MARK Harris admits the prospect of Witton Albion having to prevail in an extra game to be promoted if they win the play-offs is imperfect.

However he hopes it is an obstacle only in the short-term.

From next season, a side that wins the Northern Premier League’s Premier Division play-offs will not be guaranteed a place in the National League North as they have previously.

Instead they must triumph in another one-off game to go up.

“It’s not great and we acknowledge that,” said Harris, who remains league chairman after resigning from the same role at Wincham Park at the end of last term.

“The situation has come about as a result of the National League, for now at least, declining to relegate additional clubs.

“So we’re stuck with it for at least one year.”

However he told the Guardian officials from both competitions will meet to discuss the issue.

A negotiated solution is preferable to one imposed by the Football Association, which is within its power, according to Harris.

“The National League should be applauded for realising we can’t have a situation where two teams that have won their league’s play-offs don’t move up to the next level,” he added.

“We’d rather co-operate with them to reach a compromise that works for everybody.”

A restructure this summer of the semi-professional ranks, known as the National League System (NLS), has led to an extra division being created at step three – the level Witton play at.

It means Albion will play fewer fixtures – down four from 46 to 42 – and not have to travel as far.

Northwich Guardian:

The National League System (NLS) will incoporate a new division at both steps three and four for the 2018-2019 season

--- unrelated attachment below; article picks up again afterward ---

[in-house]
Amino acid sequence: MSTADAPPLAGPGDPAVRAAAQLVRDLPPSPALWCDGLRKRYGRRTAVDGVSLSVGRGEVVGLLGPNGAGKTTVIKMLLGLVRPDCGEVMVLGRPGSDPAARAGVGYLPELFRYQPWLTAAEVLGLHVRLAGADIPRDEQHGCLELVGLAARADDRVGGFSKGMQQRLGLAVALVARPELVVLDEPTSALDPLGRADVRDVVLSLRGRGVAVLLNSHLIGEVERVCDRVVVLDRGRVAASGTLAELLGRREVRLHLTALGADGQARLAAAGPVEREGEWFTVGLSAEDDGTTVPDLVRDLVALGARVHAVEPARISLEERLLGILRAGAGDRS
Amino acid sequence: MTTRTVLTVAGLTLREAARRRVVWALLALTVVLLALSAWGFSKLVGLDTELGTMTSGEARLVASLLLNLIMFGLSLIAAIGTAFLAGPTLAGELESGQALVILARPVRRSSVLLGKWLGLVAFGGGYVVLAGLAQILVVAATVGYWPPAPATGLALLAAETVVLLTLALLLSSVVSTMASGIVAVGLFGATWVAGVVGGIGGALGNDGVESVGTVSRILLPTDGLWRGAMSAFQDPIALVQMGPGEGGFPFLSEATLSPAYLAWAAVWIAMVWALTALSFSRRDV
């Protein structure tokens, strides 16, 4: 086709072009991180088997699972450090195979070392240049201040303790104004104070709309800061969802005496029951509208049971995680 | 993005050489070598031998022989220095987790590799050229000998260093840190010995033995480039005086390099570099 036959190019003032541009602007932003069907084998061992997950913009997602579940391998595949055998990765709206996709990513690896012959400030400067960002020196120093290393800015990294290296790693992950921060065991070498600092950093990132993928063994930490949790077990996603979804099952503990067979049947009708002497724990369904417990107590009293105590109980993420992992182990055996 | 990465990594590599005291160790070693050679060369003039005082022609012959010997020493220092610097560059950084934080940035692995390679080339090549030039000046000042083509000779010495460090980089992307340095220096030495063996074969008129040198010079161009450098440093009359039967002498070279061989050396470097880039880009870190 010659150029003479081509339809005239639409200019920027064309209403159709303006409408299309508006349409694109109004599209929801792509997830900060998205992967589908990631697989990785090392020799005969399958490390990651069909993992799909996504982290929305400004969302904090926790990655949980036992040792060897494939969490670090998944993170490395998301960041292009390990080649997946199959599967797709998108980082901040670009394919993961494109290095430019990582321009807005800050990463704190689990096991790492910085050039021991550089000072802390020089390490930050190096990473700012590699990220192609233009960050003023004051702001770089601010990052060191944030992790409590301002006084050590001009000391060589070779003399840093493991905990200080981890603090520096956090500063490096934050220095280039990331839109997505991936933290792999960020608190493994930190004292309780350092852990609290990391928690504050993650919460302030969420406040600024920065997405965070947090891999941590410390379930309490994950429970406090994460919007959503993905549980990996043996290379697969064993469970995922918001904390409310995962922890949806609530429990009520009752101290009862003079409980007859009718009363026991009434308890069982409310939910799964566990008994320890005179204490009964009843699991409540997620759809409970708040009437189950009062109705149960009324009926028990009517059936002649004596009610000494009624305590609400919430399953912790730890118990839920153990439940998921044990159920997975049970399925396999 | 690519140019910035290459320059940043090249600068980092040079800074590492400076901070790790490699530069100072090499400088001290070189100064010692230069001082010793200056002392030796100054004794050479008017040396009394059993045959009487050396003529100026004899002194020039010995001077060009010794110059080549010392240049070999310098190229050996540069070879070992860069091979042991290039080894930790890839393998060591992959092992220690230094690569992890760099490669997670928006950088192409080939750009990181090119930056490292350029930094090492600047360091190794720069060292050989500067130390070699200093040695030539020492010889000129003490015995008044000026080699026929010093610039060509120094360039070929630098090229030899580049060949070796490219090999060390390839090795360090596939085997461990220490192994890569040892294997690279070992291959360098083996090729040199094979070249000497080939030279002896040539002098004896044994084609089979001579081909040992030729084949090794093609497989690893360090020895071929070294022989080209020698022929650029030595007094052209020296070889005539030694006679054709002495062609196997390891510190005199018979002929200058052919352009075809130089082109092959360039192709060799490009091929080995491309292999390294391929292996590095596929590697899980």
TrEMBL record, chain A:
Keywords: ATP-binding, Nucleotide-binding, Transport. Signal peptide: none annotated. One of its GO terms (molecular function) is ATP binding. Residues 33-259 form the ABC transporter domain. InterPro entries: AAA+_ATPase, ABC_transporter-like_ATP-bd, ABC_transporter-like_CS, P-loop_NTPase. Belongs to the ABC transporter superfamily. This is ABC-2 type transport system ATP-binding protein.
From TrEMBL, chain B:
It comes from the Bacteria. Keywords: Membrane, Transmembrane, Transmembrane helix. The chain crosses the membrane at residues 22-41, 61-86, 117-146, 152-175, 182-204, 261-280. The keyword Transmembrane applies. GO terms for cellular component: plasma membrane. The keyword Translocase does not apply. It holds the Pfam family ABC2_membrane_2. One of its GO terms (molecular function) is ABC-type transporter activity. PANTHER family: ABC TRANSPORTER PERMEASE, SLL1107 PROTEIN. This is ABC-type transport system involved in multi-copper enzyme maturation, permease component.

Three teams will still be relegated from each of the National League’s two regional divisions, creating six vacancies.

The champions from each of the now four feeder divisions will be rewarded with promotion, leaving two places up for grabs.

Those teams that finish between second and fifth in the Northern Premier League’s top-flight will still contest play-offs – a semi-finals stage followed by a final – as is custom.

However the successful side will then join three others for a so-called ‘Super’ play-off round; two separate ties decided on by the FA’s Leagues Committee.

Those matches will be a one-off, and hosted by the club with the best points-per-game ratio during the season.

Harris agrees it would be easier if the English Football League and the National League agreed on a ‘three-up, three down’ arrangement.

Indeed latter has lobbied repeatedly for that in recent years, albeit without success.

“While that would make things simpler, the Northern Premier League can’t wait around for it to happen,” he said.

“We’d rather engage [with the National League] now.”

In a statement issued on Tuesday, the game’s governing body reiterated its commitment to create a ‘perfect model’, from steps one to five of the NLS, in time for the 2020-2021 campaign.

“We’d like a symmetrical pyramid in place by then,” Laurence Jones, head of the NLS, told the Non-League Paper.

“The restructure isn’t finished, and this is the start of a two-year journey.

“It’s always a challenge when you make changes but we want to have automatic promotion and relegation, as well as play-offs, throughout.

“That’s part of an ongoing piece of work where, in time, we will create the required number of movements between the respective steps to make it work properly.

“There is a real commitment to resolve the issues quickly, but sometimes the route to where we want to get to isn’t straightforward.”